Assessment and Intervention
Our Occupational Therapists (OT's) support kids and their parents or caregivers every day! We help kids with various needs experience improvement in their physical, cognitive and sensory skills, which can include their movement, play, language, learning and behaviour. The bonus effect is in seeing a boost in a child’s confidence and self-esteem too!
Children’s main ‘vocation’ is to learn through play, which is a principle that guides us in any assessment or therapy we undertake. We are able to evaluate a child’s skill for playing, school performance and daily hobbies and tasks, and use this information to tailor intervention that best assists kids to manage and meet their developmental milestones in life.
"We pride ourselves on working closely with children and their families to achieve real outcomes that richly contribute to their quality of life."
Childhood development is complex and not all children will develop at the same pace or along the same continuum. However, there are times a parent or guardian may want to seek-out Occupational Therapy support for their children. Here at Making Progress some common concerns we are contacted about include:
Do you have memories of learning how to write your name? Can you remember peers who stuck their tongue out as they cut paper with scissors? Maybe you were the ‘tongue-poker’ yourself? They were the days of your youth when you were learning to apply your fine motor skills. In this instance, the use of the term ‘fine’ means ‘small.’ Yet, learning to use your fine motor skills as a child is actually no small thing!
Fine motor skills use the smaller muscles of the hands to perform tasks that require precision and control. For example, fine motor activities involve using pencils and scissors, writing and typing, doing-up and undoing buttons and belts, and building Lego or blocks.
These skills are essential for performing everyday tasks, including learning and academic tasks. If a child’s fine motor skills are compromised, academic performance can suffer, play options can become limited, and accordingly, self-esteem can deteriorate.
As a child, were you in the front row with your hand-up eager to learn? Or were you somewhere near the middle or the back, wriggling in your seat, swaying your legs and getting into trouble for swinging on your chair? In either of these scenarios, you were actively engaging what we call the ‘gross motor muscles.’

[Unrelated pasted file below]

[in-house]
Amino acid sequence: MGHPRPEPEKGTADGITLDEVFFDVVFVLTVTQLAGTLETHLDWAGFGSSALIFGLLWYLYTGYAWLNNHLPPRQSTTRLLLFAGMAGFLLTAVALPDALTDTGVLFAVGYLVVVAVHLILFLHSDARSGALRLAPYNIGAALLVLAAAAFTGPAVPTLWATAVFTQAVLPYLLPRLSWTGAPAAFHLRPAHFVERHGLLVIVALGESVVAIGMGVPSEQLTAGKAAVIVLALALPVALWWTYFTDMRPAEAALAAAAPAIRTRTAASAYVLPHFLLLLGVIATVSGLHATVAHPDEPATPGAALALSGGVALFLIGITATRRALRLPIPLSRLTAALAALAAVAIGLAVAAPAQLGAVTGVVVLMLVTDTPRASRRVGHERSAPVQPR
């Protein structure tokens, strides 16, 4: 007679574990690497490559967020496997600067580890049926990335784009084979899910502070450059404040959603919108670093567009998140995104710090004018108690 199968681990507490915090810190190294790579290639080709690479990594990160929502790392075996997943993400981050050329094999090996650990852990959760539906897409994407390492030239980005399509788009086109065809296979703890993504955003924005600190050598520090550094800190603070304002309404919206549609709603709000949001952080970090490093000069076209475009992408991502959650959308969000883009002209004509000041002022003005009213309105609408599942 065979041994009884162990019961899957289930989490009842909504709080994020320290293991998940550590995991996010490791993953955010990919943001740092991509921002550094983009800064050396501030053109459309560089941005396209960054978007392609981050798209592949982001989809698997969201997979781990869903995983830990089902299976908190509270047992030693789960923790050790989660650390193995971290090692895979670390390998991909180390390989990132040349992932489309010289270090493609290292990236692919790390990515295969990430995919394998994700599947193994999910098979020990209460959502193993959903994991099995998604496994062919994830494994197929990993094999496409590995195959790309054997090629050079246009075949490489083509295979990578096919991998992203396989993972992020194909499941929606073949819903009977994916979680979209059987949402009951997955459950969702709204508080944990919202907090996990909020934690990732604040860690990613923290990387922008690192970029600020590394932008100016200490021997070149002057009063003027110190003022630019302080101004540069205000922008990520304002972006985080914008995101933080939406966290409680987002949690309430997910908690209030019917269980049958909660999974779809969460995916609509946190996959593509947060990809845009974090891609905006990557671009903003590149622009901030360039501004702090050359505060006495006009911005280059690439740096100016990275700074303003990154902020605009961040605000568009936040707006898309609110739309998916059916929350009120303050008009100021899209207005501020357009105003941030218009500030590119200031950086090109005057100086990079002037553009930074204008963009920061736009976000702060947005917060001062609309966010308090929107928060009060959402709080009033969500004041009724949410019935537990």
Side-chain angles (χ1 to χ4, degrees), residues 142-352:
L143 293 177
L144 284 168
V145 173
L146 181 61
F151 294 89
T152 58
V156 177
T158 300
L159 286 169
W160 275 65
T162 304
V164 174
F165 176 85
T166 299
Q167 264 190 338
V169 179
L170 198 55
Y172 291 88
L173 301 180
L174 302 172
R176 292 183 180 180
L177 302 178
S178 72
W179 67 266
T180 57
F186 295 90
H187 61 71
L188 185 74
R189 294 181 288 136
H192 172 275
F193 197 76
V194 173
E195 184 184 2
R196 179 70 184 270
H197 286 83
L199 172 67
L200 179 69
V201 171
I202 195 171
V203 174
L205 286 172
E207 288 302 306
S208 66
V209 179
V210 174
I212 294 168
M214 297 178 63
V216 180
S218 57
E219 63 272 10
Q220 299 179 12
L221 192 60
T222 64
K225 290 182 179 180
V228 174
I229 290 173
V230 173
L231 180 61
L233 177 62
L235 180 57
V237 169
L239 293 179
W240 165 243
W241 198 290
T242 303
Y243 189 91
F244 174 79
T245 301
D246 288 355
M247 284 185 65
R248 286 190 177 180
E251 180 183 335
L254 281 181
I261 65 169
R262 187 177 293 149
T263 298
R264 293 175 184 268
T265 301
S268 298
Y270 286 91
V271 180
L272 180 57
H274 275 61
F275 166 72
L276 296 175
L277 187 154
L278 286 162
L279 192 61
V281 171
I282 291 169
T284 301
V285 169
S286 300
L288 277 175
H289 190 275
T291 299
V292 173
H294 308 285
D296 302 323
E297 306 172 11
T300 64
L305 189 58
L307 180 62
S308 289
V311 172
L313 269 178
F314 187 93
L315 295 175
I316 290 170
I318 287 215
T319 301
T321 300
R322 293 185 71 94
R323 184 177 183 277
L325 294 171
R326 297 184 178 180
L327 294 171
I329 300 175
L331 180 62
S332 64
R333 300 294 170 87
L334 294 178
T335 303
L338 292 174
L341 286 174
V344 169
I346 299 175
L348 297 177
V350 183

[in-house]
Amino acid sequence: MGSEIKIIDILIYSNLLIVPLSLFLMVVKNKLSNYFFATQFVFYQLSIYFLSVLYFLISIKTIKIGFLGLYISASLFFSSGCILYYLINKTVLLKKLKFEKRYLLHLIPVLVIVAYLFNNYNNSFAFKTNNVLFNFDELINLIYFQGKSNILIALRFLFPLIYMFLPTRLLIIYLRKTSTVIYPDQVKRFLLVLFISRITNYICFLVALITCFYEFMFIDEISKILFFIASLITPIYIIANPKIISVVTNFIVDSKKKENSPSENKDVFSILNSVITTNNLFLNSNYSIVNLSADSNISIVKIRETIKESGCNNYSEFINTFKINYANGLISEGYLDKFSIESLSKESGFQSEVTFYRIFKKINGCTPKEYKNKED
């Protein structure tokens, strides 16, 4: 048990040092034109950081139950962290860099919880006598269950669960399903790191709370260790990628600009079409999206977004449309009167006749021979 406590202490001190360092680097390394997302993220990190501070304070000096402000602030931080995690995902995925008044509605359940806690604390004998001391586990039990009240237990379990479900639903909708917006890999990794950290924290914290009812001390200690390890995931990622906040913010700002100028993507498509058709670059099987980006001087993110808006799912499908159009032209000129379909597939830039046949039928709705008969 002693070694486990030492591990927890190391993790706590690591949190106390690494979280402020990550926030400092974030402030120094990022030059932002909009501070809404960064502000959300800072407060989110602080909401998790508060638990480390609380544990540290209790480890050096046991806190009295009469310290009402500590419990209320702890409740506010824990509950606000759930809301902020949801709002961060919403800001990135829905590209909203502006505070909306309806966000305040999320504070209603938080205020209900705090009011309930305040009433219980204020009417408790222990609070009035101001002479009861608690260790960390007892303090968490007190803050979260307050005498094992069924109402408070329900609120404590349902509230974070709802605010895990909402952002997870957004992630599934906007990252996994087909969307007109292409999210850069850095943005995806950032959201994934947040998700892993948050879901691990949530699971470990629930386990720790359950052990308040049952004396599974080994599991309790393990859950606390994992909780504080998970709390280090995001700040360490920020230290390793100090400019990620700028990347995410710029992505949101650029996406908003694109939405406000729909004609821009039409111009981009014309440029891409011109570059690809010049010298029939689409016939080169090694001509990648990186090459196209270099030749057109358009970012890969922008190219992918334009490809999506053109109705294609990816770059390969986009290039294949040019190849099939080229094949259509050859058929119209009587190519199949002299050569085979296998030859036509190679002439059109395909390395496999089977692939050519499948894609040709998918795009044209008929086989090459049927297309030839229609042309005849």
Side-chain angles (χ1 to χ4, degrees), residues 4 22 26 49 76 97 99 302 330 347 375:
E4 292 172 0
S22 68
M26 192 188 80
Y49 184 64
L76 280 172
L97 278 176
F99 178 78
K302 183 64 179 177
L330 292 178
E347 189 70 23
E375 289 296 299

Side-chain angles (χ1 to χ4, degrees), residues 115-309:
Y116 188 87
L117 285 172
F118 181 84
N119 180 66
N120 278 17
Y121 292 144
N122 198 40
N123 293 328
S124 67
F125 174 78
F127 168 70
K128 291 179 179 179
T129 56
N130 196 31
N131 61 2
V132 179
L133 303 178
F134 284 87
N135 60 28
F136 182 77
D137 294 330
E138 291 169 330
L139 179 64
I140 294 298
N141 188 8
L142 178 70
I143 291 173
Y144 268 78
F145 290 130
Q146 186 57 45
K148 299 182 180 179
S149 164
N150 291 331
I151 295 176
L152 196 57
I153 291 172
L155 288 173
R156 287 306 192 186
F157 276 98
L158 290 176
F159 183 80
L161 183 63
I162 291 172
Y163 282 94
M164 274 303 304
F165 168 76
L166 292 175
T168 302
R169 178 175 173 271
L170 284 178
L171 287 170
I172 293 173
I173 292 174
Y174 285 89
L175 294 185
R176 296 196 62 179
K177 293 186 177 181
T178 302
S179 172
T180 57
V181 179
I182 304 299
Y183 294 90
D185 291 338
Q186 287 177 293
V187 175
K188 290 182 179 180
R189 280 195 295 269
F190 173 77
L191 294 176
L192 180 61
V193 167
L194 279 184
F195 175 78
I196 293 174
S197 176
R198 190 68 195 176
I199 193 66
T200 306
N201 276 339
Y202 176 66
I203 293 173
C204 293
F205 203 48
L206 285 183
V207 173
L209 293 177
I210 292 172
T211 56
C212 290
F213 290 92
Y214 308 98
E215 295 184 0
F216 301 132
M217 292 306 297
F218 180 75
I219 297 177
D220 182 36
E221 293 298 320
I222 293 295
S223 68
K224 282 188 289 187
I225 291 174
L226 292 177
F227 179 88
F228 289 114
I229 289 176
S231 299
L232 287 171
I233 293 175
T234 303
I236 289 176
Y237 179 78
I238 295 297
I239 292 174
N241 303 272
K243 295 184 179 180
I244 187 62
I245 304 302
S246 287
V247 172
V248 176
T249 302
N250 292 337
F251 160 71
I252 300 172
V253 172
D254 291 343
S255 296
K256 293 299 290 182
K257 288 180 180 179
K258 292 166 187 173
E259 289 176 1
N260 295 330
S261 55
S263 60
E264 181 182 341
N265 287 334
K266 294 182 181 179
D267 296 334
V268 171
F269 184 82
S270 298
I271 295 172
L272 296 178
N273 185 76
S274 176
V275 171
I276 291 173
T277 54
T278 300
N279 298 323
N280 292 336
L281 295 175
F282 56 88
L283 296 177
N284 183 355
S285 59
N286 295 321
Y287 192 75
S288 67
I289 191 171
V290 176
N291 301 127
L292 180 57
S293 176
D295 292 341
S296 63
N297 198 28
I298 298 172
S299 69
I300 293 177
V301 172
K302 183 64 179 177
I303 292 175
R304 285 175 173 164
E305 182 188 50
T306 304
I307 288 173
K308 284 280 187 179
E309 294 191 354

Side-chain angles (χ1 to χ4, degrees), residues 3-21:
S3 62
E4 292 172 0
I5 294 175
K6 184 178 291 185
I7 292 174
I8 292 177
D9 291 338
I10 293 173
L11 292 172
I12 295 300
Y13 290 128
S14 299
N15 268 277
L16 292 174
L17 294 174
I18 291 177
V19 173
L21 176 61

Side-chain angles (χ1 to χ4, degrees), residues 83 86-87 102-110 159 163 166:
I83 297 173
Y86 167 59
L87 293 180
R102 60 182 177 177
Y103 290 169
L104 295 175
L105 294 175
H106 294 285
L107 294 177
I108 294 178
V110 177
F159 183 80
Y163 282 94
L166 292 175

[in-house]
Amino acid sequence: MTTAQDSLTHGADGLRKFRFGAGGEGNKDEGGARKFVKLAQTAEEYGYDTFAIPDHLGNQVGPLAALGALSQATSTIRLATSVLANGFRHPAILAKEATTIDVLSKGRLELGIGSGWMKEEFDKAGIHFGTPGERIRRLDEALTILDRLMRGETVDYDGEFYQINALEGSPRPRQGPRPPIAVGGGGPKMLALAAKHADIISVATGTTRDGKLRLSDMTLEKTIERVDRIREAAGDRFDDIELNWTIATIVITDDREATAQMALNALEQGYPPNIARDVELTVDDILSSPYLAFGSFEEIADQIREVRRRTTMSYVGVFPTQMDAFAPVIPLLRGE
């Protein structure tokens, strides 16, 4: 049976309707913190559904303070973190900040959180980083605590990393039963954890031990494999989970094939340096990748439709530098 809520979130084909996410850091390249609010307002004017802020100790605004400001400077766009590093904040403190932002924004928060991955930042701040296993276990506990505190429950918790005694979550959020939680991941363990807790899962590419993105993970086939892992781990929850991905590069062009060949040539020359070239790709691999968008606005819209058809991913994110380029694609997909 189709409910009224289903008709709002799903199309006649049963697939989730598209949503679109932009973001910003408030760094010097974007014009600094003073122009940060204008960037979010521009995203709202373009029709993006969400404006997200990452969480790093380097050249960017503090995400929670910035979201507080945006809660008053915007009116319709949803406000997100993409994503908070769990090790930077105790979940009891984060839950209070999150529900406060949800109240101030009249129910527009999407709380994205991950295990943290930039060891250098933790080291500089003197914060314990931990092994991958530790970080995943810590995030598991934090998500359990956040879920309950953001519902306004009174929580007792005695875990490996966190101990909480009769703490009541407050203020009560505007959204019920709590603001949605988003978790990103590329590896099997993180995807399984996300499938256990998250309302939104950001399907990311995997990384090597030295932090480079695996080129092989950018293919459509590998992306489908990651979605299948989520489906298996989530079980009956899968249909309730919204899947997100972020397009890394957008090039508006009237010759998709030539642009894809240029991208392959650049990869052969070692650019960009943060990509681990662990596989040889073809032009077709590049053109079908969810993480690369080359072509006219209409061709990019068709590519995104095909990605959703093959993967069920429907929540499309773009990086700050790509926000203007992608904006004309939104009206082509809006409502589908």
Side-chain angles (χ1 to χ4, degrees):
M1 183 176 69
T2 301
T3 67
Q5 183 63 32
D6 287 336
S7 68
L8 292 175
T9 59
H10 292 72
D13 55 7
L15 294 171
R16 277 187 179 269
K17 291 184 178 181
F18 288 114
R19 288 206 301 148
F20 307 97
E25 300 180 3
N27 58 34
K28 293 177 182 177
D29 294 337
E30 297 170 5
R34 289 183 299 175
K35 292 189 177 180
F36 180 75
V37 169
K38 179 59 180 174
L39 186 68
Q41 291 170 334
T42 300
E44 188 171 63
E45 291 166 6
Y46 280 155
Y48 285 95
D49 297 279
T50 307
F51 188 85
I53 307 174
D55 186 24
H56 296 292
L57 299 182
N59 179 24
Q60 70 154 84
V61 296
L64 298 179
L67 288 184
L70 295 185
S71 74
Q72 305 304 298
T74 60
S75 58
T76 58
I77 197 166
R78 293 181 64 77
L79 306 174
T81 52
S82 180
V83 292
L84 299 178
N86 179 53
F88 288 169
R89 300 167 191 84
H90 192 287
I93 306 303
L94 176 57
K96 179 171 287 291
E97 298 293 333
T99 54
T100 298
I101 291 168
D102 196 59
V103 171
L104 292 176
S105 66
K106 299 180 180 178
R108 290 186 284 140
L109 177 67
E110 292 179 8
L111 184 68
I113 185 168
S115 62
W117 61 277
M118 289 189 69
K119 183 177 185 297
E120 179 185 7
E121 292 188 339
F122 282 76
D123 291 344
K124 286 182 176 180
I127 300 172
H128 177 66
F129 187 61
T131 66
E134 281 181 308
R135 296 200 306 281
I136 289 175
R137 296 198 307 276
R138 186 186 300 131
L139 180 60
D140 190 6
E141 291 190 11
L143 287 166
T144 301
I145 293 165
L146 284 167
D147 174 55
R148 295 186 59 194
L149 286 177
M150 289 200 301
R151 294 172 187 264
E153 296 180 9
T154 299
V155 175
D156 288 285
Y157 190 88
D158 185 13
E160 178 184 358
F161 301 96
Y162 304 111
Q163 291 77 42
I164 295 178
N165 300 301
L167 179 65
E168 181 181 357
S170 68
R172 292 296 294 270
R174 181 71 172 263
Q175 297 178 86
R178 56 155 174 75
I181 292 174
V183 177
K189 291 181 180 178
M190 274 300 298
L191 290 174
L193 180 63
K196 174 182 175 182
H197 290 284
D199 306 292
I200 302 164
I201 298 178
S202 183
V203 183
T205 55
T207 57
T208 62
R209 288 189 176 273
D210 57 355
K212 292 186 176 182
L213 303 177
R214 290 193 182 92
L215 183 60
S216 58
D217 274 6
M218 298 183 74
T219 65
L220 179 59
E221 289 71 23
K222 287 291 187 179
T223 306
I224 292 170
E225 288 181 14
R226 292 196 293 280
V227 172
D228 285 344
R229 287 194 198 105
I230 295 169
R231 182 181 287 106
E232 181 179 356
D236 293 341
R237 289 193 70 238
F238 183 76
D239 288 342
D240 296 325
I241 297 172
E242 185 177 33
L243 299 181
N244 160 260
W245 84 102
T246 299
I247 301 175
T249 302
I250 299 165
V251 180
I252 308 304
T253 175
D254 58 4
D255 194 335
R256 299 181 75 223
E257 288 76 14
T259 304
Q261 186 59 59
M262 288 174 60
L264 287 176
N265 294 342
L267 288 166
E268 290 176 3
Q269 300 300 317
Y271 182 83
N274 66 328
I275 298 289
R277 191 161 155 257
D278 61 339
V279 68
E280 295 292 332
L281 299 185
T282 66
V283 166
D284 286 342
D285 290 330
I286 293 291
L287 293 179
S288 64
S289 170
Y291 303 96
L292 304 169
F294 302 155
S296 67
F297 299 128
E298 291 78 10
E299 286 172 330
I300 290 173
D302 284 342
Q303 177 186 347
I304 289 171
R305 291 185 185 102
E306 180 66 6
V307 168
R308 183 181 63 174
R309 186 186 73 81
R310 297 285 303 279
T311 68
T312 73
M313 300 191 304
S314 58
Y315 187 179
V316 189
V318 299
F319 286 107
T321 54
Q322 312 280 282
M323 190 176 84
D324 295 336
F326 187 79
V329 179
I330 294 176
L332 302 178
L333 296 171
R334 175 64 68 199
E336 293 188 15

Gross motor skills involve the bigger (core stabilising) muscles to perform everyday tasks, exercises and functions, including sitting upright, standing and walking, running and jumping, climbing, hopping and swimming. These whole-body movements also include eye-hand coordination tasks, such as catching, throwing, kicking, swimming, and even pushing a scooter, balancing on a skateboard or riding a bike.
Being responsible for so many tasks, you can appreciate how gross motor skills contribute to a child’s ability to cope with a full day of school, such as sitting at a desk or participating in playtime and sports. Without reasonable gross motor skills, a child will become overwhelmed by everyday tasks, and begin to avoid many important activities and demands.
By the time we are adults and able to sign our own names without a second thought, we forget what lengths we went to in developing this important skill in the first place! If you can cast your mind back, you’ll remember, handwriting didn’t come naturally!
Handwriting is actually an advanced skill that calls-on coordination of our visual, cognitive, motor and sensory abilities. Add to this a developmental or learning difficulty, and handwriting is even more of a challenge to conquer!
What can Occupational Therapy do to help? We can assist by treating any underlying complications, such as sensory, motor, perceptual or postural, that may be impacting on the progress of penmanship (and these days, keyboard-ship!).
Many parents breathe a sigh of relief when they are finally able to say that their child is officially ‘toilet trained!’ This rite of passage alone is a big step on the spectrum of development.